Recollections of Rolling Stones in Bedford concert feature in new book

The Rolling Stones performing in 1964.
The Rolling Stones performing in 1964.

A new book about the career of the Rolling Stones gives a front row perspective on the group’s early live shows and includes memories of their performances in Bedford.

Amongst the shows remembered in You Had To Be There: The Rolling Stones Live 1962 – 69, is the concert which took place at Bedford Granada on January 15, 1964.

The book, written by Richard Houghton and published by Gottahavebooks on October 1, contains more than 500 eyewitness accounts of the band’s very first performances, beginning with pubs and clubs in and around London, across the UK, and culminating in their 1969 Hyde Park show. It also contains previously unreleased photos of the band.

Included in the book are the memories of David Arnold who said: “After the show we made
our way to the back of the venue. I remember the sight of the Stones all being in a
Mini. These screaming girls had surrounded the Mini as they leapt into it and off they went. The Ronettes were signing autographs at the stage door and the Stones were being ripped apart by several enthusiastic girls. One had a trophy of half of a black knitted tie.”

Also there was Derek Edmunds who said: “The Bedford Granada was a premier venue in those days and we saw many new and established acts there. When I saw the Rolling Stones I thought they were absolutely brilliant. My wife had a different opinion and as we left the Granada she said “who were that scruffy bunch? They were awful” to which I replied “I loved them. They will be big one day.”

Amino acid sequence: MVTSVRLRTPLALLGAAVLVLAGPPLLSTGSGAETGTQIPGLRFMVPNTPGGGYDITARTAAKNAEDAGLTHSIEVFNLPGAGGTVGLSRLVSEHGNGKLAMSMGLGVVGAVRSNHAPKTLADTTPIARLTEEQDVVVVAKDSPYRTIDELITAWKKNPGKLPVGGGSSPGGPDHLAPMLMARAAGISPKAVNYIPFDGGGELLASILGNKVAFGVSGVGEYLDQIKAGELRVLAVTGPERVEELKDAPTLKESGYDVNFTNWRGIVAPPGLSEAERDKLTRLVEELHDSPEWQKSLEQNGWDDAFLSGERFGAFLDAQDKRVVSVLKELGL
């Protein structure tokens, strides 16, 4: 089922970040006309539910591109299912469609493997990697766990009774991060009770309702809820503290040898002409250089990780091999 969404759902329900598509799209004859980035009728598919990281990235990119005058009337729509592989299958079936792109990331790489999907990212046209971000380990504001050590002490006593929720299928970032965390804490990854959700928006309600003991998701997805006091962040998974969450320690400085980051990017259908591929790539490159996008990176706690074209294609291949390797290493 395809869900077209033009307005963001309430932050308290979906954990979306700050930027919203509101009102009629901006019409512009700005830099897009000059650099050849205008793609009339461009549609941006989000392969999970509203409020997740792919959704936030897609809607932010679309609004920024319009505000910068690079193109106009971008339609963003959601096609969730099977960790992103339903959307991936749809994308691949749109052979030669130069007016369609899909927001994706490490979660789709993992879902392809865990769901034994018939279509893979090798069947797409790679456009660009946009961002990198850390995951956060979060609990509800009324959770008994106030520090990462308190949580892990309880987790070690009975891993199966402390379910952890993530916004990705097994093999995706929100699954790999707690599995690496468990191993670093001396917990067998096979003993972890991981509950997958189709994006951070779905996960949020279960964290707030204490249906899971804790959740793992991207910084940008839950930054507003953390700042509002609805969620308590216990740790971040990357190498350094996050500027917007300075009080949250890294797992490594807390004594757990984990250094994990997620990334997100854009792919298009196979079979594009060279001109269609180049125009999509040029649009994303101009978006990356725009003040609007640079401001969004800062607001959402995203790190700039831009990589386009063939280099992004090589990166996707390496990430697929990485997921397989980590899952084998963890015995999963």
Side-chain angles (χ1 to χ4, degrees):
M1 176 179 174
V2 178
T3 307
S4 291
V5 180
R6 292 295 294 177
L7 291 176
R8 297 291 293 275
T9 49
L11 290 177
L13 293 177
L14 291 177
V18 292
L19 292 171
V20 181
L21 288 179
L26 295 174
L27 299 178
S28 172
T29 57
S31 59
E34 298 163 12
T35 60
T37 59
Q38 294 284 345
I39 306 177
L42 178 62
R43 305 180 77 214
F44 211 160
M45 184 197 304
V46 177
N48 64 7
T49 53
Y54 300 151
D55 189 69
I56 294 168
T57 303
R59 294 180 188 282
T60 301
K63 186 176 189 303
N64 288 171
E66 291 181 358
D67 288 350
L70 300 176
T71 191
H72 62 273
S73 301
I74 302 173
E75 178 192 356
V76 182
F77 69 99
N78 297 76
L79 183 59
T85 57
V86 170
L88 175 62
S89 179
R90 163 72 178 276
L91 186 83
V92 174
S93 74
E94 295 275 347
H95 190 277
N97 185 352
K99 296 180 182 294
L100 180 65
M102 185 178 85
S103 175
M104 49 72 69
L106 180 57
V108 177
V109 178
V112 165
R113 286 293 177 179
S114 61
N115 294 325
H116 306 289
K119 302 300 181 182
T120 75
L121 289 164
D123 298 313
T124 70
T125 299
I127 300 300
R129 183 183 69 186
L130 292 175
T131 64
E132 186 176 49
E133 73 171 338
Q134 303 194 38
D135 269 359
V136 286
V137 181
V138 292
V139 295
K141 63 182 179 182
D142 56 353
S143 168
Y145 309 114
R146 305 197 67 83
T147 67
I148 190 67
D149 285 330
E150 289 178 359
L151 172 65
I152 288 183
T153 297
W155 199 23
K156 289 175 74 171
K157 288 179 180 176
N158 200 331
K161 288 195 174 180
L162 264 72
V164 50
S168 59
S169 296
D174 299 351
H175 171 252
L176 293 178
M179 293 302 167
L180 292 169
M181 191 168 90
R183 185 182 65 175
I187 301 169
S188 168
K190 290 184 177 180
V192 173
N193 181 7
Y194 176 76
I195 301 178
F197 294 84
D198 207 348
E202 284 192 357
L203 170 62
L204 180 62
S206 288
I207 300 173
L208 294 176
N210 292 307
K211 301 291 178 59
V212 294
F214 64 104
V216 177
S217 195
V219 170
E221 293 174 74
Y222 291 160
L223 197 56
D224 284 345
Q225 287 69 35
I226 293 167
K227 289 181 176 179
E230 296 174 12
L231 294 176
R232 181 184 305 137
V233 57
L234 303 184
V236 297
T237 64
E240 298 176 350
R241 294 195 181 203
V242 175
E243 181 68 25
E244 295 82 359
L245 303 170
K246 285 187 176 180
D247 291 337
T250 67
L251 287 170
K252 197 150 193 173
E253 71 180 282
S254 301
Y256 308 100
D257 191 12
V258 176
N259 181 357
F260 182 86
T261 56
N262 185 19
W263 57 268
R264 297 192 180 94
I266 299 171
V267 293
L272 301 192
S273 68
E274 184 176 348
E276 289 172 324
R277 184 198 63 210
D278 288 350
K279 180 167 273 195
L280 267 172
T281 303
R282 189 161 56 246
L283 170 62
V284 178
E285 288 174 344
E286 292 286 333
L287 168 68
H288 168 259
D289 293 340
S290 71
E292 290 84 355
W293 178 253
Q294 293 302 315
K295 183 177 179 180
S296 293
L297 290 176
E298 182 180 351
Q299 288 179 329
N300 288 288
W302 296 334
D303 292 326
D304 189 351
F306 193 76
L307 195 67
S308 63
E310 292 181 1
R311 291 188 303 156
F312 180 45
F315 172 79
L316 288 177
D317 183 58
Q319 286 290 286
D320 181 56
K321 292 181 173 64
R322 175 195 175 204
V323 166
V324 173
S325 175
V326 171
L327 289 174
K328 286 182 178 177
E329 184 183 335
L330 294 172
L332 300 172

The publication of You Had To Be There: The Rolling Stones Live 1962 – 69 coincides with the recent announcement of a major Rolling Stones exhibition at the Saatchi Gallery in London next year. The group have been performing live for more than 50 years and interest in the group’s early days is stronger than ever.

Author Richard Houghton said: “I got the idea for the book last year when I went to see the Rolling Stones perform in Stockholm. Mick Jagger was about to turn 71 and it occurred to me that many of the people who saw the Stones when they were starting out would be of a similar vintage. Fifty years ago they were teenagers and I thought it would be good to capture those memories of the early Stones shows before they fade.”

He added: “This book is not just about the Rolling Stones. It’s also a window on the past, a look at what it was like to grow up in 1960’s Britain. Teenagers hadn’t really been invented until the Rolling Stones came along and they played a part in opening many people’s eyes to what was possible. The Stones helped to make the Sixties swing.

“I’ve been lucky enough to capture some great anecdotes of people who saw the Stones on their journey to stardom. They started out as a group of rhythm and blues aficionados sometimes playing to a handful of people in a pub and became the greatest rock’n’roll band in the world.”

Richard did not see the Rolling Stones live in the 1960s himself, although his mum did take him to see The Beatles. He was four years old, and the Fab Four are the subject of his next book.

He said: “I’d love to hear the memories of anyone who saw The Beatles in the 1960s, because they set the entertainment world alight when they came along and there will be lots of people out there who heard them or saw them and just thought wow.” You can share your Beatle memories with Richard on

You Had To Be There: The Rolling Stones Live 1962 – 69 can be ordered from and

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